It was “Spy vs. Spy” — for real.
When U.S. Sen. David Vitter’s gumshoe, Robert Frenzel, staked out the Royal Blend coffee shop in Old Metairie the morning before Saturday’s gubernatorial primary, one of the men he wound up spying on was a PI himself, who had been hired to dig up dirt on Vitter.
In a state that’s nearly bankrupt, the first week of the runoff campaign has been dominated by a circuslike sideshow, as Vitter and his foes argue over the meaning of an explosion of espionage that feels a bit like a miniature Cold War being fought in Jefferson Parish and New Orleans. Vitter, a Republican, will face Democratic state Rep. John Bel Edwards in a Nov. 21 runoff.
Frenzel actually was after John Cummings — the “man with the white beard” whom Vitter’s gubernatorial campaign had wanted him to watch — and Frenzel was right on his heels when Cummings entered the coffee shop.
As Cummings joined his regular coffee klatch at a large table, Frenzel sat down nearby. Among the others present were Jefferson Parish Sheriff Newell Normand, state Sen. Danny Martiny and private eye Danny DeNoux.
Initial news accounts suggested that the Vitter campaign was most interested in Normand — a vociferous critic of the U.S. senator — but it’s possible that the campaign also had a keen interest in DeNoux, though it’s not clear Frenzel recognized him.
DeNoux now says he is the PI who recently located Wendy Ellis, a former prostitute who just before the election amplified claims she made in 2007 that she had a sexual relationship with Vitter in New Orleans years earlier, when he was a state representative and then a freshman congressman.
It was DeNoux who brought blogger Jason Brad Berry to Ellis. This resulted in Berry, a week before the Oct. 24 primary, posting videos on his website, www.theamericanzombie.com, that roiled the gubernatorial campaign. In them, Ellis claimed her relationship with Vitter was deeper and more complicated than she had suggested in 2007 interviews with The Times-Picayune and at a news conference organized by Hustler magazine that year.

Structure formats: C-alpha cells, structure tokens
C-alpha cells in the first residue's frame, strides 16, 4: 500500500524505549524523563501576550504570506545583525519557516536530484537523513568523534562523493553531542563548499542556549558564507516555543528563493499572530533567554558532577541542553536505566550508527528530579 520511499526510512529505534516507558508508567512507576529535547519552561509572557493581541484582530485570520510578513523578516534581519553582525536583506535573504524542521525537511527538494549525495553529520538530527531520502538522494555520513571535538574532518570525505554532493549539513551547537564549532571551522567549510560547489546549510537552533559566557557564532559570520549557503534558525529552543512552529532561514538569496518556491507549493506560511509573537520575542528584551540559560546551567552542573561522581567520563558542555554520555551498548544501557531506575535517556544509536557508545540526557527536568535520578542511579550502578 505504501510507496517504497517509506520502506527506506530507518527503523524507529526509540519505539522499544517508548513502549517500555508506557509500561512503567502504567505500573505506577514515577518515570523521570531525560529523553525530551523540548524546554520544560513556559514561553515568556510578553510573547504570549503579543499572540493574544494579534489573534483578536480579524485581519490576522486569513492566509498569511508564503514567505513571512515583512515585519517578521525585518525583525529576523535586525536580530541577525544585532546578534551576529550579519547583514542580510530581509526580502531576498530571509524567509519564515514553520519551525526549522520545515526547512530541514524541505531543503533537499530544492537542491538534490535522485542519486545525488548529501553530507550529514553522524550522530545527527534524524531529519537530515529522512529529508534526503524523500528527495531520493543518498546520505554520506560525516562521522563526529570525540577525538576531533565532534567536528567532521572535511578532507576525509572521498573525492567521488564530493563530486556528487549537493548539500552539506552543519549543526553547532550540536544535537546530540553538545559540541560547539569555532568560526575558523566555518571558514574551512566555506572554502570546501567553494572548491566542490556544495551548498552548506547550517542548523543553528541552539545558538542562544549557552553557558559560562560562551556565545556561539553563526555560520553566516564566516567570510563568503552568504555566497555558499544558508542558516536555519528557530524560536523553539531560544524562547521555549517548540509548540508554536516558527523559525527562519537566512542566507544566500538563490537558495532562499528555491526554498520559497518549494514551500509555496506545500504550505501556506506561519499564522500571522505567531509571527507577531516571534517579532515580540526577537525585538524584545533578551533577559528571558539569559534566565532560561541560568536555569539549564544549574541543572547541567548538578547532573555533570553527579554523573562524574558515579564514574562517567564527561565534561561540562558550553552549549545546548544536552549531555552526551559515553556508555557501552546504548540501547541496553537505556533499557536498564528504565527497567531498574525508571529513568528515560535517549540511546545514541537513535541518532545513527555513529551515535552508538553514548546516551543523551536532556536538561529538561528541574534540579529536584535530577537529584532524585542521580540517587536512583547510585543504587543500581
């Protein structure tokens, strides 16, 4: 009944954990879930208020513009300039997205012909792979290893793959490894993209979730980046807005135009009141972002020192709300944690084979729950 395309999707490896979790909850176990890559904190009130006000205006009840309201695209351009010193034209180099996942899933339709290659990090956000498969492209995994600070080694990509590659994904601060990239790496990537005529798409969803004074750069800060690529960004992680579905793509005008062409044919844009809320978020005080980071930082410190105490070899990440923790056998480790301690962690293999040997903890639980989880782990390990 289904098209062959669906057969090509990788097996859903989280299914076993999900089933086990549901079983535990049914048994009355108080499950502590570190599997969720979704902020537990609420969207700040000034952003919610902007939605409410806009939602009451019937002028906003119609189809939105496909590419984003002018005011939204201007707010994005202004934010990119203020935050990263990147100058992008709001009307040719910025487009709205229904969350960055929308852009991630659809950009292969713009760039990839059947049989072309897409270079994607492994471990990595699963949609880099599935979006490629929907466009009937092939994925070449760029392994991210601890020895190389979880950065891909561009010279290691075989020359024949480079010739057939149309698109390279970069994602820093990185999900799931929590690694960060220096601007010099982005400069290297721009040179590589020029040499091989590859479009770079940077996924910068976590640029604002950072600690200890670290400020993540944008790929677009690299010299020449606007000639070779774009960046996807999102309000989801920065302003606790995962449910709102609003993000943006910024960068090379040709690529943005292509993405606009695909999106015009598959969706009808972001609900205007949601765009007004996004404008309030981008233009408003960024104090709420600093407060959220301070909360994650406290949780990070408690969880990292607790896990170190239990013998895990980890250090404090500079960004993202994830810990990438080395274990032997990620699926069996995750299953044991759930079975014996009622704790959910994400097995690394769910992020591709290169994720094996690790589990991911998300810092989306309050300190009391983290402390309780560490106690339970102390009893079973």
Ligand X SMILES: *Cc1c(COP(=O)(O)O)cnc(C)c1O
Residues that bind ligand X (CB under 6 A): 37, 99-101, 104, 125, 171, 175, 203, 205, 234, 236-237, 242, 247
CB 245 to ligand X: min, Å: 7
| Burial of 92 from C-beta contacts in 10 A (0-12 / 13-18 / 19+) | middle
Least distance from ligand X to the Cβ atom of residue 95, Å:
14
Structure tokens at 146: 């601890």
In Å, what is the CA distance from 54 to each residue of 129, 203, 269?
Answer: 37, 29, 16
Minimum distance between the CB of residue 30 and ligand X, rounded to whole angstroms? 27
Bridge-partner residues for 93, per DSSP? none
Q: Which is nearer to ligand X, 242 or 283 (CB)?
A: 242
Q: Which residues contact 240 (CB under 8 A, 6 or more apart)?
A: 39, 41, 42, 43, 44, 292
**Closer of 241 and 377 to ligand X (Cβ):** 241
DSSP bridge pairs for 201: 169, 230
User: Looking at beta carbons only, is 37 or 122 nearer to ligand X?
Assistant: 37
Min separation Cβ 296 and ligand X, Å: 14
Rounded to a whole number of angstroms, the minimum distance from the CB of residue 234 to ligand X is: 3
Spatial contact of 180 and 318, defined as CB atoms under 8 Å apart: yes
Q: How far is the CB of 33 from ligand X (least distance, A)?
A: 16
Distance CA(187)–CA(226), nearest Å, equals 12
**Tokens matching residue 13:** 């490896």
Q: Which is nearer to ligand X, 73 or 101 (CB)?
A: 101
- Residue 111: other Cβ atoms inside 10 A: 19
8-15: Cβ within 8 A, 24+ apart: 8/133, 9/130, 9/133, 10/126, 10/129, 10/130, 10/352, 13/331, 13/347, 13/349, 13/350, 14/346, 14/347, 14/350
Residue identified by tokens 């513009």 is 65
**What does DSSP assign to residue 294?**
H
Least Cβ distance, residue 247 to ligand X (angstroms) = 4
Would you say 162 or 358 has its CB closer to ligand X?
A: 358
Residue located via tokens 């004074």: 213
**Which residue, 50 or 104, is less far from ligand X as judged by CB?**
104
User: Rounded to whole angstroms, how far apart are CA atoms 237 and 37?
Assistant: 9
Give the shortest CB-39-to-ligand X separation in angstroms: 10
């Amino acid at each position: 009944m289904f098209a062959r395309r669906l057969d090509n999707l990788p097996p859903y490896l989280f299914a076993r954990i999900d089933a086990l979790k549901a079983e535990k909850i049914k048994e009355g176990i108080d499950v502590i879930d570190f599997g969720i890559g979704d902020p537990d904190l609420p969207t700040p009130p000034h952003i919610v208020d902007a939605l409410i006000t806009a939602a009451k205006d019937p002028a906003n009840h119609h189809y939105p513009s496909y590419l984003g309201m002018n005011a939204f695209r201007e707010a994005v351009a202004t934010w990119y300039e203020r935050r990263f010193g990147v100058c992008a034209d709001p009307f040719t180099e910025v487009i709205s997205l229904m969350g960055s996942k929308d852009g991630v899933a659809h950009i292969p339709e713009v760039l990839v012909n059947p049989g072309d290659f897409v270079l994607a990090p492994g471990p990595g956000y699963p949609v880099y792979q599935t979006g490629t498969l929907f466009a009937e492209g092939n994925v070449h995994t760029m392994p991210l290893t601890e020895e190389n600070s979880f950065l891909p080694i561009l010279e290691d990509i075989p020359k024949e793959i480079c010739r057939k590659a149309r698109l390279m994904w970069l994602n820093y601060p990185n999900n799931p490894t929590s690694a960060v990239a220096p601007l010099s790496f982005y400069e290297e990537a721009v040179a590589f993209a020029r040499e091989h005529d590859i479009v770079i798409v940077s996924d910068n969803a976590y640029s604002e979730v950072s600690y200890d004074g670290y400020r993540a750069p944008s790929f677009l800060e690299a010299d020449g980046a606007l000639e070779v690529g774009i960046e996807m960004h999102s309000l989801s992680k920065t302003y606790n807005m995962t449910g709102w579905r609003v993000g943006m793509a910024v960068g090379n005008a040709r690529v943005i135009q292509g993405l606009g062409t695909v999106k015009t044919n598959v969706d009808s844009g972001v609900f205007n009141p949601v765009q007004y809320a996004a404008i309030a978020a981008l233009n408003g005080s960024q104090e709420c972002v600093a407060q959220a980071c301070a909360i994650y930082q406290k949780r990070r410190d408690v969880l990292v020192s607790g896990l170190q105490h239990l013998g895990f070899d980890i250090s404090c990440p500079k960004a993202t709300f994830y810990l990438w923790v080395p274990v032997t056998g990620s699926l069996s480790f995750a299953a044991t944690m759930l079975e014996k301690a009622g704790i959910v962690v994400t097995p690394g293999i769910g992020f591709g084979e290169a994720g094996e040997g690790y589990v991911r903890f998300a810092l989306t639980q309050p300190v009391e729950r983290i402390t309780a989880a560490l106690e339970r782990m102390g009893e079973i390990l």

DeNoux told The Advocate on Wednesday that he did the opposition research on Vitter for a “businessman,” whom he said he could not name. The businessman asked him to share his information with Berry, DeNoux said, adding that he did not know the blogger previously.
DeNoux said his client was not Cummings, a prominent trial attorney, large landowner in New Orleans and longtime foe of Vitter. DeNoux said Cummings is a friend of his but that he has never done paid work for him. DeNoux also said the client for the Vitter assignment was not an elected official and not the Democratic Party.
Frenzel’s surveillance of Cummings at the Royal Blend ended in comical fashion when Normand concluded that the PI was trying to record him and confronted him. Frenzel darted out of the shop and ran up Metairie Road. DeNoux was among those who helped track him down in a nearby neighbor’s yard.
Frenzel, who works for J.W. Bearden and Associates, a Dallas-based firm, was arrested by Jefferson Parish sheriff’s deputies and booked with criminal mischief. Vitter campaign officials acknowledged he was working for them and said Cummings was the target of their interest.
After the arrest, deputies searched Frenzel’s car and found a dossier on Berry, who has told The Advocate and WWL-TV that he believes Frenzel was snooping around his home.
Berry said he was spooked last Wednesday night when a car with a man at the wheel drove slowly by his New Orleans home four times within a span of minutes. The blogger, who lives on a quiet street that gets no through traffic, was sitting on his porch when the car first passed by, then walked toward the sidewalk and got a good look at the man and his car. At one point, they made eye contact, he said.
Berry got so concerned that he canceled plans to go out that evening. “It made me nervous,” he said.
Berry provided WWL-TV with footage from a security camera in front of his home that shows the same silver Ford hatchback that JPSO deputies searched outside the coffee shop on Friday passing by his house two days earlier.
A professional videographer, Berry has been investigating Vitter for five years for his blog, which he says he publishes from a sense of civic duty. It was his research into Vitter that presumably led the businessman to have DeNoux pass along his information to Berry.
DeNoux, 62, is a former New Orleans cop who has been a private investigator since 1982.
“I can find just about anyone,” he said.
After a lot of digging, DeNoux found members of Ellis’ family and asked them to pass along word that he wanted to speak with her. He said he wasn’t sure he would hear anything until she called him on Oct. 12.
The next morning, he and Berry flew together to Texas to meet Ellis in a city neither he nor Berry has been willing to identify. They returned to New Orleans that night with 90 minutes of videotaped claims by Ellis about Vitter. Four days later, Berry posted excerpts from the video on his website.
DeNoux said he has completed his assignment for the businessman.
“It’s done,” he said. “I did what he asked me to do. I had no dog in this hunt.”
Frenzel, meanwhile, has been released. He is due in court in January.
Staff writers Jim Mustian and Gordon Russell contributed to this story.